In this issue of SCI FYI, we are sharing a synopsis of The Mitchell Site: An Upgrade, a paper presented by Don Booth at the 82ndAnnual Meeting of the Society for American Archaeology, Vancouver, Canada.
The Mitchell Archaeological Site is a pre-Columbian Mississippian (A.D. 1050-1350) mound center located at the western end of University Drive in Mitchell, Illinois. The site includes a platform mound and the remains of an entire village. While it once included 10 to 13 other mounds, those mounds were destroyed by modern activity. The site is affiliated with the Cahokia settlement system and was at one time, one of the largest sites in the system outside Cahokia itself.
In the spring of 2015, Cedar Creek Lumber, which owns most of what remains of the Mitchell site, initiated grading for the construction of two buildings with an associated new water line and sewer line as well as a detention pond.
The Illinois Historic Preservation Agency learned of this and halted the operation and asked Cedar Creek to hire a consultant to assess any damage to the site.
Let the Work Begin
SCI Engineering was contacted and asked to conduct the assessment. This inspection revealed that they had removed about 1.5 feet of the topsoil in the areas of their proposed buildings. This initial assessment was followed by a Phase One survey consisting of shovel testing and 1 x 1 m hand-excavated test units of the proposed water and sewer lines, and machine excavation within the proposed building footprints and the detention pond.
The machine excavations began by removing the top 7.5 cm to clean up the surface of Cedar Creek’s excavations. This initial cut revealed that the construction excavation had halted within fill material and had not penetrated deep enough to impact archaeological features.
The machine excavation continued until the tops of features were exposed at roughly 30.5 centimeters below the desired grade.
The construction plans called for the placement of 21 inches (53.3 cm) of clean soil over the grade elevation in the building footprints with 6 inches (15.2 cm) of rock over that covered with a 9 inch (22.9 cm) thick slab of concrete. Given that the features were located 1 foot (30.5 cm) below grade, it would mean that the features would be 48 inches (1.22 m) below the finished floor of the building.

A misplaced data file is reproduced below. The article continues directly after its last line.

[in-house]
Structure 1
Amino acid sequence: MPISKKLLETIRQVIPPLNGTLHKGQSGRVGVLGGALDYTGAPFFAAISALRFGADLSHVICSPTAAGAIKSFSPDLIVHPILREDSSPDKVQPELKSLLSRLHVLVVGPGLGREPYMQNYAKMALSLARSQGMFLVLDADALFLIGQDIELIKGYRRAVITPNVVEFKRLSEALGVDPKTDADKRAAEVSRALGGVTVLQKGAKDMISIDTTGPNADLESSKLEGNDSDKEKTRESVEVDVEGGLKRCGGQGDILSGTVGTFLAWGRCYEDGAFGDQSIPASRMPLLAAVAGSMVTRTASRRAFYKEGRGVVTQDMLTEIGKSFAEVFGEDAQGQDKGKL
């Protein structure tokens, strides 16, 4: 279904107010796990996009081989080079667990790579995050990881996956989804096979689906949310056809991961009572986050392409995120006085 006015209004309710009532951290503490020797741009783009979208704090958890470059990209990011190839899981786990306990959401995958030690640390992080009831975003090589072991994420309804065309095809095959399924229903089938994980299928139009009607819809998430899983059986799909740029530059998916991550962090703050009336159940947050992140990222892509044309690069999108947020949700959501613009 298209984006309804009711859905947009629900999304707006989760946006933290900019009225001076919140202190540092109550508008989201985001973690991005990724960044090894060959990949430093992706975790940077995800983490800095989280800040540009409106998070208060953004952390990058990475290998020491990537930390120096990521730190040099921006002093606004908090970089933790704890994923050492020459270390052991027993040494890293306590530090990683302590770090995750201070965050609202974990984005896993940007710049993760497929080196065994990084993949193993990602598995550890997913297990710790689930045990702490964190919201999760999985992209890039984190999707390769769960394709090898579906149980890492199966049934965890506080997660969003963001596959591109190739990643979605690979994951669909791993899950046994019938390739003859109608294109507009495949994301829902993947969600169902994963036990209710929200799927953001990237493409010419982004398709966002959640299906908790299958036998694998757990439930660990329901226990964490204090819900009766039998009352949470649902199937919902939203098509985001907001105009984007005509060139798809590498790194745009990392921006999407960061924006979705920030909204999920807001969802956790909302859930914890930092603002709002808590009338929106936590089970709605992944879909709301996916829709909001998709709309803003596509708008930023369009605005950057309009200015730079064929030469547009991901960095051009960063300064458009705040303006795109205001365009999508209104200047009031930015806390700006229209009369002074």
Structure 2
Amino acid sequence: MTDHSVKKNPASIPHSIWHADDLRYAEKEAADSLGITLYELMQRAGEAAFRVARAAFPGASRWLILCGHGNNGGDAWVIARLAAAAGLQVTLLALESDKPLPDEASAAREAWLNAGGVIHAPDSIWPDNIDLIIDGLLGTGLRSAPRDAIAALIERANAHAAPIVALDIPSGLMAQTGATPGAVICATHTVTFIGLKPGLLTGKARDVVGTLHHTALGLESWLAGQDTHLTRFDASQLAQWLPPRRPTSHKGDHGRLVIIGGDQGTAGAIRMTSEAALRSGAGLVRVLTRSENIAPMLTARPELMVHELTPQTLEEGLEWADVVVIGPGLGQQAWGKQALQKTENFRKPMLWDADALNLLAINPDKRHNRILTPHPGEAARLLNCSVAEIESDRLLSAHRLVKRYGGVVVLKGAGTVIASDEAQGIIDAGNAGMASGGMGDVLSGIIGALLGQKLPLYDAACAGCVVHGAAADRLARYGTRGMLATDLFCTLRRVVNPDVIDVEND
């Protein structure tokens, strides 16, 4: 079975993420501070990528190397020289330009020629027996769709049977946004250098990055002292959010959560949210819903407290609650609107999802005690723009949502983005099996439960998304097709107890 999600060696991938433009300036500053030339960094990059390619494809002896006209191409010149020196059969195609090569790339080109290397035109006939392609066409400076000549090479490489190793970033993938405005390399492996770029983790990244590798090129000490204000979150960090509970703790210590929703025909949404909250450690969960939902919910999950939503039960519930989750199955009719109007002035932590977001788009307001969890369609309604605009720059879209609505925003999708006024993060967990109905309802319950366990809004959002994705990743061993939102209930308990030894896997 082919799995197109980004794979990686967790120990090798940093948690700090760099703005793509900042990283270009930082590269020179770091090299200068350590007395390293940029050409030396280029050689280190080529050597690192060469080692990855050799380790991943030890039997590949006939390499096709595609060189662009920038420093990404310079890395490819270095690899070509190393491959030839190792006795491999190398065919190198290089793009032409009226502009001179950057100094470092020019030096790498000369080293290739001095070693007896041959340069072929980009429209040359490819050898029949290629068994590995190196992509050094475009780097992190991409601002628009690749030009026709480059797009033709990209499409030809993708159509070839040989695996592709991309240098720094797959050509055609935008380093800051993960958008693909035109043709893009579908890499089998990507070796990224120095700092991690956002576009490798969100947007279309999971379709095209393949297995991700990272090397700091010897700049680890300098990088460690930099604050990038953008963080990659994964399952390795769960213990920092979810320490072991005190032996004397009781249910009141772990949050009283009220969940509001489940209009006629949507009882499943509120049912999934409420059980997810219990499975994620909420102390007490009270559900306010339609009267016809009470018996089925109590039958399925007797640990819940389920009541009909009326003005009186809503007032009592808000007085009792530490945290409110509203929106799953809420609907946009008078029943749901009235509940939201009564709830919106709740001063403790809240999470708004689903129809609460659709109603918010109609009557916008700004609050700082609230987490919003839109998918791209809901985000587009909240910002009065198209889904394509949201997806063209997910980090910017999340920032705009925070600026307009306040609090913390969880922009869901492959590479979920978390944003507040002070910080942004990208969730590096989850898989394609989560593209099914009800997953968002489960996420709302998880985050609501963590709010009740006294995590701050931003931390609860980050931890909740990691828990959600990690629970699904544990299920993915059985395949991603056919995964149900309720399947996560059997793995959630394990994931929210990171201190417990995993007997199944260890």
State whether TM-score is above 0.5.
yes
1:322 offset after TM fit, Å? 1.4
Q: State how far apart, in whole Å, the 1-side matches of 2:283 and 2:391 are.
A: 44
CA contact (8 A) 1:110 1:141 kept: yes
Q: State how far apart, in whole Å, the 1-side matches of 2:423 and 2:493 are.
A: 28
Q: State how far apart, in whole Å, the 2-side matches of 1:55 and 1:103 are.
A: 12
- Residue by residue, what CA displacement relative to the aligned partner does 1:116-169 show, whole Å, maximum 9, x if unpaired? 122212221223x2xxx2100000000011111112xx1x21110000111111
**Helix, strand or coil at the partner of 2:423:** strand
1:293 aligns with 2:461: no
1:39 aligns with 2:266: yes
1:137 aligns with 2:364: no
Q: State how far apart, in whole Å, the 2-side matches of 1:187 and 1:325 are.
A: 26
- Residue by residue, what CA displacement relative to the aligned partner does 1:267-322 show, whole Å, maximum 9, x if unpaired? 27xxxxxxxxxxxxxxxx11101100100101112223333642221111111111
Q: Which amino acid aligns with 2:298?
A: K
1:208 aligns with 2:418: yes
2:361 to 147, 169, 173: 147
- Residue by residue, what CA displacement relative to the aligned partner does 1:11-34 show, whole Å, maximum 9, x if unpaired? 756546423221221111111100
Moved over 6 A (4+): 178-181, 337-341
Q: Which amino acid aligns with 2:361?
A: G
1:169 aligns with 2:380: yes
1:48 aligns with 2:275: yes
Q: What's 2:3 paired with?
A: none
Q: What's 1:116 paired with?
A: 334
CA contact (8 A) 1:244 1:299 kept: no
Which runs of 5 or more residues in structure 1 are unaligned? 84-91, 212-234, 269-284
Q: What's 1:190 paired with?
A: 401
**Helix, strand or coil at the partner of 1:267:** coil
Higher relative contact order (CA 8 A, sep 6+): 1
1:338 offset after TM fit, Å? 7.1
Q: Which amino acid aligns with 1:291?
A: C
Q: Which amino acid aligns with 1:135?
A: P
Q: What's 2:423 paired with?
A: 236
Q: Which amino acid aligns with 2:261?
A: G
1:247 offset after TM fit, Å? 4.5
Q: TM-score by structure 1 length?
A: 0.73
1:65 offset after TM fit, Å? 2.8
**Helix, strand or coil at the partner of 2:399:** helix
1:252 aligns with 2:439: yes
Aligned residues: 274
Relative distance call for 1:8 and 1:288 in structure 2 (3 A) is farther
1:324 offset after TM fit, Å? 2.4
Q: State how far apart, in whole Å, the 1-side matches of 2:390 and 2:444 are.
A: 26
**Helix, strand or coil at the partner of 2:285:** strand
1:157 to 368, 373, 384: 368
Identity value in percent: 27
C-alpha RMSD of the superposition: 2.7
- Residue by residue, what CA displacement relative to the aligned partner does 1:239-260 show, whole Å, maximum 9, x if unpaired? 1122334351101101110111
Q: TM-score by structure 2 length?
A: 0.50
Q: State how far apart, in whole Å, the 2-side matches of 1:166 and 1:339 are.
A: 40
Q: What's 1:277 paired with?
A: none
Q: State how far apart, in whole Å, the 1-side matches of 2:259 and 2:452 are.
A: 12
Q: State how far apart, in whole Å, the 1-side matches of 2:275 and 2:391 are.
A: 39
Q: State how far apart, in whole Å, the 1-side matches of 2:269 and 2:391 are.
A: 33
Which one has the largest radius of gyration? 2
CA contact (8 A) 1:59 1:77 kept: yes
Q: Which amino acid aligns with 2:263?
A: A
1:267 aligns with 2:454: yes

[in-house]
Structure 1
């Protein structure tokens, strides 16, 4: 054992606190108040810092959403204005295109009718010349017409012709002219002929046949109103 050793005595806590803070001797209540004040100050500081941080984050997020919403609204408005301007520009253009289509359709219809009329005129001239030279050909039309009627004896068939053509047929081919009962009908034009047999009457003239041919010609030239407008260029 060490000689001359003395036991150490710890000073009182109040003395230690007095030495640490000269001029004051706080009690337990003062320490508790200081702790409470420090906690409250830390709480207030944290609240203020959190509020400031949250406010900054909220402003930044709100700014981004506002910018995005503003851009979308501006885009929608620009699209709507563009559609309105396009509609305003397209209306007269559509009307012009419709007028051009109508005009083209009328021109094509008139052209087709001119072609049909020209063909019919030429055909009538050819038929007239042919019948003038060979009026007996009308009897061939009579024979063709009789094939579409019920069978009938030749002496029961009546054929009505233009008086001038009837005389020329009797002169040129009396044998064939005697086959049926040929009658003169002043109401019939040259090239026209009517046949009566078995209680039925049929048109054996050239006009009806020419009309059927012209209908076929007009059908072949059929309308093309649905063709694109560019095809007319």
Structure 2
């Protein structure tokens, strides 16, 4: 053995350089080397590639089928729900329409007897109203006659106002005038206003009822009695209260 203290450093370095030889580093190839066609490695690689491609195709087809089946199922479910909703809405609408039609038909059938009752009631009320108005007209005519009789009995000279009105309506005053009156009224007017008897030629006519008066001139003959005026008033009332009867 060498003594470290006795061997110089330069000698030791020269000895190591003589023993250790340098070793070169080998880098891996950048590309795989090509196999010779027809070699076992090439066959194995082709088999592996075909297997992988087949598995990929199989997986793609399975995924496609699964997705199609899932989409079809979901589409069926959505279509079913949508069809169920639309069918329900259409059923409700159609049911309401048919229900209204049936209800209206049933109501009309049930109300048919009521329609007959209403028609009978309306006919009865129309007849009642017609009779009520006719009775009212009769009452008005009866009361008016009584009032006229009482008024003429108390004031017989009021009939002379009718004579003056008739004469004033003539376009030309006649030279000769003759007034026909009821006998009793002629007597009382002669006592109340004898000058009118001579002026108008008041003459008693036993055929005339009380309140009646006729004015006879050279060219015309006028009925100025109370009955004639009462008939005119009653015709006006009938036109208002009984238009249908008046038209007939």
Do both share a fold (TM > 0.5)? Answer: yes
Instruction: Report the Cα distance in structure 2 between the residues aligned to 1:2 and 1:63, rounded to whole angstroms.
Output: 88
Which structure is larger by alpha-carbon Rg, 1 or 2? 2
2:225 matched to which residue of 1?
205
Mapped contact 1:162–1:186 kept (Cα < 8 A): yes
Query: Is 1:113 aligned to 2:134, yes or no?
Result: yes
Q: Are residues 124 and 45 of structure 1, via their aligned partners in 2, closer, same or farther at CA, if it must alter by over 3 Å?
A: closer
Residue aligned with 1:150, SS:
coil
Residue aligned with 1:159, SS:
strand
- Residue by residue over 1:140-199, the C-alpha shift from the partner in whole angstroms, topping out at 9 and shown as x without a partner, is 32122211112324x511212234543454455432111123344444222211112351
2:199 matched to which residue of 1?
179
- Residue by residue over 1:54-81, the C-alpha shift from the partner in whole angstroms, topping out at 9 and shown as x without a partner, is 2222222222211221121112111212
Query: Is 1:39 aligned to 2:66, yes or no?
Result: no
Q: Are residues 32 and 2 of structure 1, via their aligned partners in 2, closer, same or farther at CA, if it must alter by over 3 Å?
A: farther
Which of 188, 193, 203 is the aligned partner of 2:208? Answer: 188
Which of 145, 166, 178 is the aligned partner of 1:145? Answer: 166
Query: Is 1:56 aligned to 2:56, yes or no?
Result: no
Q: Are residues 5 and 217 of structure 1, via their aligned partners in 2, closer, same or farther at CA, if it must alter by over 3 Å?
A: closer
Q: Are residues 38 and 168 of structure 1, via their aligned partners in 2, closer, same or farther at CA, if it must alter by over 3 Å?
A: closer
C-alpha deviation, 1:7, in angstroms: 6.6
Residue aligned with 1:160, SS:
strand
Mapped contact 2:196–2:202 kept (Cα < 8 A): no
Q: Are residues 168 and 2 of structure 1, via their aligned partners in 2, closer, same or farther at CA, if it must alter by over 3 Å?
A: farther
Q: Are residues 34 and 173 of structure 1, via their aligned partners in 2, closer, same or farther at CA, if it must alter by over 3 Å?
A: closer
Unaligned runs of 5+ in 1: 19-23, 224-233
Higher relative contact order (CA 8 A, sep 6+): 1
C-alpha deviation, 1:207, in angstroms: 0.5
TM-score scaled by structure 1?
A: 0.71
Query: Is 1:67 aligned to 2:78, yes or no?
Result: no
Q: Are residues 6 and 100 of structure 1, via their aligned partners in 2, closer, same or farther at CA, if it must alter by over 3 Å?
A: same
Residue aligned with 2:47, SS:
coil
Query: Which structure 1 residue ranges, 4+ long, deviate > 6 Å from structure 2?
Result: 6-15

Following an on-site consultation, the Illinois Historic Preservation Agency determined that preservation in place was the best option for the features. However, they requested that the entire footprint of Buildings 1 and 2 be stripped down to feature level and that all features be mapped and minimally sampled before reburial under the clean fill.
Exposure of the building footprints resulted in the identification of numerous superimposed structures. Eighty-one features were delineated within the two building footprints. Of interest, was the identification of six square structures averaging 10 X 10 meters and two T-shaped structures.
These cursory investigations provide an opportunity to begin to ask questions about the site’s organization and layout, to assess what remains of the site for future research, and gain insight into its occupational history.
Until last year, the only major investigations of the Mitchell Site occurred in the 1960s when Highway 270 was built. The process of building that highway ultimately destroyed all but two of the mounds.
The new site study, conducted last year by the SCI team, brings the investigation of this area into the 21st century. New discoveries show that the occupation of that site was much longer in duration than previously thought, now assessed to 300 to 400 years vs. the 50 years previously believed. SCI experts discovered and identified a new plaza for communal activities defined by a series of extremely large buildings that were later replaced by mounds.
The main result of the cultural services work performed by SCI’s Senior Archaeologist Don Booth and his team, was the creation of an overall GIS site map. This map not only shows the new findings, but combines SCI’s work with that of all previous investigations conducted at the site. The new map allows today’s and future scientists to re-assess this significant site and to gain insight into its history and role in the greater Cahokian world.